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October 1, 2023

Car crimes on the rise as thieves draw inspiration from social media

Andrew Taylor and Nigel Gladstone

Car thefts and break-ins are on the rise across NSW and Sydney’s north shore, inner west and east, with social media posts of people stealing cars identified as one of the driving factors behind the trend.

Strathfield, The Hills Shire, Ryde, Hornsby and Parramatta recorded Sydney’s fastest proportional increases in stolen cars in the two years to June 2023 as rates climbed by more than 50 per cent.

But total thefts in these areas were below 800 vehicles while more than 1200 cars were stolen from Blacktown and Canterbury-Bankstown, NSW Bureau of Crime Statistics and Research (BOCSAR) data shows.

The average increase in car thefts across NSW was 23 per cent in the year to June 2023, driven at least partially by a “bounce-back” from COVID-driven crime declines of 2020 and 2021 as pandemic restrictions eased, BOCSAR executive director Jackie Fitzgerald said.

In some western and northern NSW regions “numbers are really escalating”, and social media posts encouraging vehicle theft on platforms such as TikTok may be a factor, Fitzgerald said.

Dubbed the Kia Challenge, instructional videos on social media showing how to bypass a vehicle’s security led to a spate of car thefts in the United States and a $US200 million settlement stemming from a class-action lawsuit.

A series of car crashes involving teenagers has also prompted police concern about gangs of youths breaking into houses, taking car keys and selling the stolen vehicles for a few thousand dollars.

Fitzgerald said vehicles stolen in regional NSW were more likely to be recovered in Sydney, suggesting they were opportunistic crimes for joyriding and transport. In contrast, car thefts in Sydney were more likely to be organised offences for the purposes of selling the vehicle or its parts.

NSW Police relaunched Operation Regional Mongoose in November 2022 to tackle “serious property-related crime committed predominately by young offenders” and since then, more than a dozen arrests have been made.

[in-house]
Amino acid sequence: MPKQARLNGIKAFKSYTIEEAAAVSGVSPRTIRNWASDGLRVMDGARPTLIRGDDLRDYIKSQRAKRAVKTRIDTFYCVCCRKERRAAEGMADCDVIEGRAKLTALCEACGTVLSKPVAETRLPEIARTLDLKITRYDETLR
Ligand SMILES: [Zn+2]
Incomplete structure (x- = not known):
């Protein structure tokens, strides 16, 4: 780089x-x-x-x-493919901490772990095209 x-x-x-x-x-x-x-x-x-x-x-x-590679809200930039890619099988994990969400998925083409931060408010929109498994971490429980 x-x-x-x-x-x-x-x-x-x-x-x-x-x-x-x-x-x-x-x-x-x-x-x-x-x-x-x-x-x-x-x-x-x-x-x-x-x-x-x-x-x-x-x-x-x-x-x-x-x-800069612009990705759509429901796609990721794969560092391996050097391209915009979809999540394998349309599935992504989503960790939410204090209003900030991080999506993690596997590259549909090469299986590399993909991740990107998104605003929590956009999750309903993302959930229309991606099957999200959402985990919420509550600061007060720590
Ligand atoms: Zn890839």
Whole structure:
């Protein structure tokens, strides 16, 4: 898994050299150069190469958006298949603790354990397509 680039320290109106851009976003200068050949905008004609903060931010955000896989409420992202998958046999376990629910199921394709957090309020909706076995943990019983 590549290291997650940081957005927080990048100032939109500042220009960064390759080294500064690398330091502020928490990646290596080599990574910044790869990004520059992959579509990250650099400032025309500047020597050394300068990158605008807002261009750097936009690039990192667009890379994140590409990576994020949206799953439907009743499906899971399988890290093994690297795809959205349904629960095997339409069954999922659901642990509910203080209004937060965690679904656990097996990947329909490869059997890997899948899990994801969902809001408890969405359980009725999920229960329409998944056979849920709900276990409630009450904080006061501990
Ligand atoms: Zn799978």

Charges against young people for vehicle theft in regional NSW have increased 179 per cent over the past five years, and are up 52 per cent across Greater Sydney, BOCSAR data shows.

However, this recent rise in car theft is a small bump in a decline that began more than 20 years ago.

Fitzgerald said cars manufactured before 2011 were stolen almost twice as often as newer models.

The vehicles at the highest risk of theft were Holdens, Jeeps, Land Rovers, and Audis, while Hondas and Suzukis had lower rates of theft.

Car brands with increased theft rates over the past five years include Kias, Jeeps, Isuzus, Land Rovers and Volkswagens.

A NSW Police spokeswoman said motor vehicle crimes were “largely opportunistic”, and urged residents to be vigilant with security and take measures to reduce the likelihood of becoming a victim of theft.

“This includes locking your vehicle, making sure valuables aren’t left on display, not leaving items in the glove box or centre console, and making sure the spare keys aren’t hidden in the car,” she said.

An NRMA Insurance spokesman said thefts were a minor contributing factor to a customer’s premium.

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Designed by Bob Lycoudis
NPM. VPM. Police Prosecutor. Sergeant Victoria Police (Retired) Inventor, Coplock Designer, Car Theft Researcher
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